- Benford's writing leaves much to be desired. He glosses over or even outright skips over descriptions of people and scenes, giving more of a "meat & potatoes" approach to the story. "Just the facts, ma'am." A more engaging and illustrative writing style would make him a *much* better author.
- The "punchline" at the ending wasn't enough to justify the time spent reading the book. Maybe a second edition of this book would be much better, but it seems better suited for a short story.
Was this review helpful to you?
5.0 out of 5 stars Tragedy on Ganymede July 17 2004
Format:Hardcover
The book explores man's tendency to do evil, but also his ability to resist it while resigning himself to its permanence; in this way it reaches to the level of a great tragedy. But it's also science fiction, of course, and the book explores Ganymede, where settlers contend with various hardships and hunt overly populous animals genetically engineered and brought along to drink liquid ammonia on the moon, and where they must always try to avoid the constantly churning aleph, an age-old and impossible to describe device left by aliens to wander Ganymede forever. The reader finds himself contemplating the settlement of our solar system, the symbolism of the aleph (ruthless, brutal nature?), and the array of moral characters in the book.
"Against Infinity," indeed. The book shows what we are up against: infinite, brutal nature and permanent evil. In the book's central character, it shows a way to respond to these forces that is worth taking.
Was this review helpful to you?
Most Helpful Customer Reviews on Amazon.com (beta)
Amazon.com: 2.9 out of 5 stars  11 reviews
5 of 5 people found the following review helpful
3.0 out of 5 stars Men pursue the mysterious aleph across Ganymede. Feb. 10 1999
By A Customer - Published on Amazon.com
Format:Mass Market Paperback
Very convincing, descriptive environment and entertaining story. A young boy grows up among a group of men assigned to terraform Ganymede's surface. Myths and stories abide concerning the mysterious alien artifact that roams the planet, with no apparent purpose. The object is completely neutral towards men when encountered, not acknowledging their presence in any way. Nothing is known of the object's nature, origin or purpose. A young boy and his father figure set off in pursuit of the elusive artifact, hoping to understand it. Once uncovered, its purpose is surprising and refreshing.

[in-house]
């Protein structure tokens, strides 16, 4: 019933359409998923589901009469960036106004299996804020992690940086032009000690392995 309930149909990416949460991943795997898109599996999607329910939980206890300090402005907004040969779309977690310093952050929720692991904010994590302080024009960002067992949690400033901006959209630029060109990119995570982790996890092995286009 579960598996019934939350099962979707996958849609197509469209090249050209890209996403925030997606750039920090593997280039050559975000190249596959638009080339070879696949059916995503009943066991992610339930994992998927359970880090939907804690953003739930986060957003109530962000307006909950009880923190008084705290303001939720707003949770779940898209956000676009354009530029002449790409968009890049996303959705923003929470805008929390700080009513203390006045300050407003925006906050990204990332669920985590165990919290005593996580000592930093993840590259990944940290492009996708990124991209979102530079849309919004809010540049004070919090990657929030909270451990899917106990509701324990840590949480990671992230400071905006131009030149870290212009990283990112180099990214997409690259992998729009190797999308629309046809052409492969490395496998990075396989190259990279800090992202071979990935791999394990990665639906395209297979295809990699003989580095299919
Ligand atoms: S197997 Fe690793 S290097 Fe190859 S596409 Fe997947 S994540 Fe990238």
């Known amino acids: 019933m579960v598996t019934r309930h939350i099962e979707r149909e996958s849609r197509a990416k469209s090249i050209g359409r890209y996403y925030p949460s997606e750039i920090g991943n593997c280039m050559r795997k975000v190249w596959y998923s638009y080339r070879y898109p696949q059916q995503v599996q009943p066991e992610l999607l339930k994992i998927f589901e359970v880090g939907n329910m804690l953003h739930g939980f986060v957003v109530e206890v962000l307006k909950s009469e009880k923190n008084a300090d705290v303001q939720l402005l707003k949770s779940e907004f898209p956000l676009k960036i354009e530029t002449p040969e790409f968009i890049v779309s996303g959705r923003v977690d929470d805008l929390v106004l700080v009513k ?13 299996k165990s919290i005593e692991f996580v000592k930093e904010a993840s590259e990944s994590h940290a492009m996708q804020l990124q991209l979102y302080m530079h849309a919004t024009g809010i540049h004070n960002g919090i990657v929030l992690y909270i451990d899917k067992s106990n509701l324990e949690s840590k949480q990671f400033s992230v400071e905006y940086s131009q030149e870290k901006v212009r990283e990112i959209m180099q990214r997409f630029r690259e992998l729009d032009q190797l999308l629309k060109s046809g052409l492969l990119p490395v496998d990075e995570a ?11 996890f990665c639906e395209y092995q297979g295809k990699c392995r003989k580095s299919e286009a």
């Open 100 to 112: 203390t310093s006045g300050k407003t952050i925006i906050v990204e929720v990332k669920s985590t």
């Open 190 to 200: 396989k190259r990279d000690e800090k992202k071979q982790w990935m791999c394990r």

4 of 4 people found the following review helpful
3.0 out of 5 stars Deserves a more perceptive look Jan. 30 2003
By Neal Reynolds - Published on Amazon.com
Format:Mass Market Paperback
This certainly isn't Gregory Benford's best book, nor is it one which I can recommend, at least not without qualification.
The concept is good, and the basic setting is interesting. The combination of a coming-of-age plot in a science-fictional setting is interesting and workable. The issues brought forth here are befitting both genres, those having to do with feeling and respect towards life, even life as remote from our experience as Aleph is shown. And Aleph alone is a worthy concept, the idea of life that exists for no apparant reason than to survive, that has no interest in anything that doesn't sustain that life and being.
And of course, there is Benford's familiar theme, that of man attempting to bend all he encounters to his purposes.